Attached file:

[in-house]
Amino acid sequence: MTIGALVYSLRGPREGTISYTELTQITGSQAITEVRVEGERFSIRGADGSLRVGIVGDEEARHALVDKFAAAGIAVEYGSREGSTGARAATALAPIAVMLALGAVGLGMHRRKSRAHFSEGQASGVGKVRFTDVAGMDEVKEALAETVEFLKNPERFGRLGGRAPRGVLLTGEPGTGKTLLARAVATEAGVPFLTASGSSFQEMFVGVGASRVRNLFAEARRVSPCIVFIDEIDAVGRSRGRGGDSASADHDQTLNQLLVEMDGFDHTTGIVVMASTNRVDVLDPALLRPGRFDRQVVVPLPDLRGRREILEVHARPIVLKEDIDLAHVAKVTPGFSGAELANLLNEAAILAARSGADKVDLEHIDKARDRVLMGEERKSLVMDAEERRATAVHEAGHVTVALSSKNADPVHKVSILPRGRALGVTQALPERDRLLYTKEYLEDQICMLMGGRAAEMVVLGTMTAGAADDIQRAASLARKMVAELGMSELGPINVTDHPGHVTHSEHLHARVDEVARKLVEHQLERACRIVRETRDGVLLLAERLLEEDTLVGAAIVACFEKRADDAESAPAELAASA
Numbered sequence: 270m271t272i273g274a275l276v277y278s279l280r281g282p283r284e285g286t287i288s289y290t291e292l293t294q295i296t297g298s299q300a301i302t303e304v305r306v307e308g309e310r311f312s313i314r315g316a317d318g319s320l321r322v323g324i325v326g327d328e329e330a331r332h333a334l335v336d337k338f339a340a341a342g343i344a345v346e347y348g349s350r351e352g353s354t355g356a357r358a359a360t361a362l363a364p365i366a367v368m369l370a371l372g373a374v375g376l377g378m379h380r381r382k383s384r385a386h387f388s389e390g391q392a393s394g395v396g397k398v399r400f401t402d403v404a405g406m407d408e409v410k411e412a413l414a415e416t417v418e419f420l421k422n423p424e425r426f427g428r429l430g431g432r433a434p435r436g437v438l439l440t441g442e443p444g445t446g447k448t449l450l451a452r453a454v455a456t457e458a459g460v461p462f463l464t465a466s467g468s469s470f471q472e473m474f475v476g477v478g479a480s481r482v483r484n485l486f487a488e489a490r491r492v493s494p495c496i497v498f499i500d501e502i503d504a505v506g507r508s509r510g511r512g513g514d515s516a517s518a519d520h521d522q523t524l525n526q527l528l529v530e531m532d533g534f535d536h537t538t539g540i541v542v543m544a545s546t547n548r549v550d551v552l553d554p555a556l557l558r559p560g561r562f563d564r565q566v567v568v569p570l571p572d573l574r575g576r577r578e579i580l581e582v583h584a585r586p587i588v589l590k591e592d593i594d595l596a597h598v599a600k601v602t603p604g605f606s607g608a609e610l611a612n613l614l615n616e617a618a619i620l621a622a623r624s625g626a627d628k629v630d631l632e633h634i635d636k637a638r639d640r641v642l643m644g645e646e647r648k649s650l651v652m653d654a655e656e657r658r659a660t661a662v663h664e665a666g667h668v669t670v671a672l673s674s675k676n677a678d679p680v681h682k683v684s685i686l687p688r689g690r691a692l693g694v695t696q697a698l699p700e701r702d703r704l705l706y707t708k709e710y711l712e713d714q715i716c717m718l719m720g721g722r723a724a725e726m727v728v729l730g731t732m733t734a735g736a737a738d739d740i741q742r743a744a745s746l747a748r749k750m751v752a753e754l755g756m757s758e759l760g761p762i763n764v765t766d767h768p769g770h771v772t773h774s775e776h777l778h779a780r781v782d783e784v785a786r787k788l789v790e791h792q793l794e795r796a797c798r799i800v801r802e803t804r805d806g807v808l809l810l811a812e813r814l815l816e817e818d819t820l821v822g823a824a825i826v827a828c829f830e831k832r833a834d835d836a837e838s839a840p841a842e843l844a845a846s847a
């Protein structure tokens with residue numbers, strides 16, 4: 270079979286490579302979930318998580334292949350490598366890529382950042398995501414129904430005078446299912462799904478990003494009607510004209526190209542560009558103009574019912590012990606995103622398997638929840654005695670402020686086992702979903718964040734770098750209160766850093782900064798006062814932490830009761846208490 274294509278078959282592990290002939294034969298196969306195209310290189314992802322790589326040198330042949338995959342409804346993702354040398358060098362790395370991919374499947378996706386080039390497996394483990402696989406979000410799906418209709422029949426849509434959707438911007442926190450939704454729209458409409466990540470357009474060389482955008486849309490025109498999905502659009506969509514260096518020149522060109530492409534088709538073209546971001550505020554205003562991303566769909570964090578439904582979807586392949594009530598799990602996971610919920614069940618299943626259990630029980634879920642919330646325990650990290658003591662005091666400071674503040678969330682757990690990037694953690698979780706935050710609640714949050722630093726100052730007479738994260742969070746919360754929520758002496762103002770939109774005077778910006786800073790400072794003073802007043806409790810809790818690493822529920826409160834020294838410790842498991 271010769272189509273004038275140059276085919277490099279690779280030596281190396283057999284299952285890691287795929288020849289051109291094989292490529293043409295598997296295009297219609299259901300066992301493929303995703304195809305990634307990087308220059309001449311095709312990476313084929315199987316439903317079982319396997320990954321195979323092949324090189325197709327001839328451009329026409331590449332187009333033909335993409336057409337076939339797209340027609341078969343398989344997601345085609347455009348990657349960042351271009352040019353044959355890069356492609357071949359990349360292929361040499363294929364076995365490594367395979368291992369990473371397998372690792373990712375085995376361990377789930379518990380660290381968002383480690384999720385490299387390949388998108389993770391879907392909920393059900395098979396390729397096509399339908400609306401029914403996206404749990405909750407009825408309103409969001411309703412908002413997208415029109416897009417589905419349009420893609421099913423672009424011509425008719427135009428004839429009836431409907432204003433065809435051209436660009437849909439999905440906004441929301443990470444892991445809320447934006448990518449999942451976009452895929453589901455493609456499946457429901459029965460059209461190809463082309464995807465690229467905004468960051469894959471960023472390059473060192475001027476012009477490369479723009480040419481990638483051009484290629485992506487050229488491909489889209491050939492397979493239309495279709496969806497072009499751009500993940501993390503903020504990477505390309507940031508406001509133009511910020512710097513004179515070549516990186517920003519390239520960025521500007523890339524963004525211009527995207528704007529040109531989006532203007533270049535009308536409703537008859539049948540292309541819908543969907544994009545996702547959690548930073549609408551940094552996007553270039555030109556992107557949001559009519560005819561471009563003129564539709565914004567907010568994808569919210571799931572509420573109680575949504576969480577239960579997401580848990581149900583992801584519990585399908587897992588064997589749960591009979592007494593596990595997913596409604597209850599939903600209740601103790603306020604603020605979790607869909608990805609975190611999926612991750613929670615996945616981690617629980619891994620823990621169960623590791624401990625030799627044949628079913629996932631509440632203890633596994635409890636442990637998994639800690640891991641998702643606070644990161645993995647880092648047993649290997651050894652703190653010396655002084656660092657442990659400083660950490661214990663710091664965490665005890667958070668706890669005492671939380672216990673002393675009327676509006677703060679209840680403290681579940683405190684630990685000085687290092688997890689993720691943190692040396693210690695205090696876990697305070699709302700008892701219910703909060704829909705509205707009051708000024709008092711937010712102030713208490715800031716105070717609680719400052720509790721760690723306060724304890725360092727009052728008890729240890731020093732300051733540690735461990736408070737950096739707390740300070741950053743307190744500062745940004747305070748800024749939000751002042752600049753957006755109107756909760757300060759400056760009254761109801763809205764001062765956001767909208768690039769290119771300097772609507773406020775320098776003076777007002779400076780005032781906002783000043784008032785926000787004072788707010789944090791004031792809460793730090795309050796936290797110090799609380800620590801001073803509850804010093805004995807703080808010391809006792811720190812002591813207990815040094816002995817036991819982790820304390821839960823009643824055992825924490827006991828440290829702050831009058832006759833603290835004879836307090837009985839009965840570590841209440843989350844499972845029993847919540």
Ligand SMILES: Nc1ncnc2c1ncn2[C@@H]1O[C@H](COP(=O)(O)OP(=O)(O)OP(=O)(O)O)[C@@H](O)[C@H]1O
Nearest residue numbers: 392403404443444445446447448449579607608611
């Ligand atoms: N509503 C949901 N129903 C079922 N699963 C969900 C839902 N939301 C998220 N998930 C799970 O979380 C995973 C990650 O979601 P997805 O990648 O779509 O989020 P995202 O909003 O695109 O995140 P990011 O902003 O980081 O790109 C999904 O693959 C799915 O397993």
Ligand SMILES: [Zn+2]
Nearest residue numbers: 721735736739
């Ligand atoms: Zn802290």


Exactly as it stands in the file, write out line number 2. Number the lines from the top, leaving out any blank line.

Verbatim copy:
Amino acid sequence: MTIGALVYSLRGPREGTISYTELTQITGSQAITEVRVEGERFSIRGADGSLRVGIVGDEEARHALVDKFAAAGIAVEYGSREGSTGARAATALAPIAVMLALGAVGLGMHRRKSRAHFSEGQASGVGKVRFTDVAGMDEVKEALAETVEFLKNPERFGRLGGRAPRGVLLTGEPGTGKTLLARAVATEAGVPFLTASGSSFQEMFVGVGASRVRNLFAEARRVSPCIVFIDEIDAVGRSRGRGGDSASADHDQTLNQLLVEMDGFDHTTGIVVMASTNRVDVLDPALLRPGRFDRQVVVPLPDLRGRREILEVHARPIVLKEDIDLAHVAKVTPGFSGAELANLLNEAAILAARSGADKVDLEHIDKARDRVLMGEERKSLVMDAEERRATAVHEAGHVTVALSSKNADPVHKVSILPRGRALGVTQALPERDRLLYTKEYLEDQICMLMGGRAAEMVVLGTMTAGAADDIQRAASLARKMVAELGMSELGPINVTDHPGHVTHSEHLHARVDEVARKLVEHQLERACRIVRETRDGVLLLAERLLEEDTLVGAAIVACFEKRADDAESAPAELAASA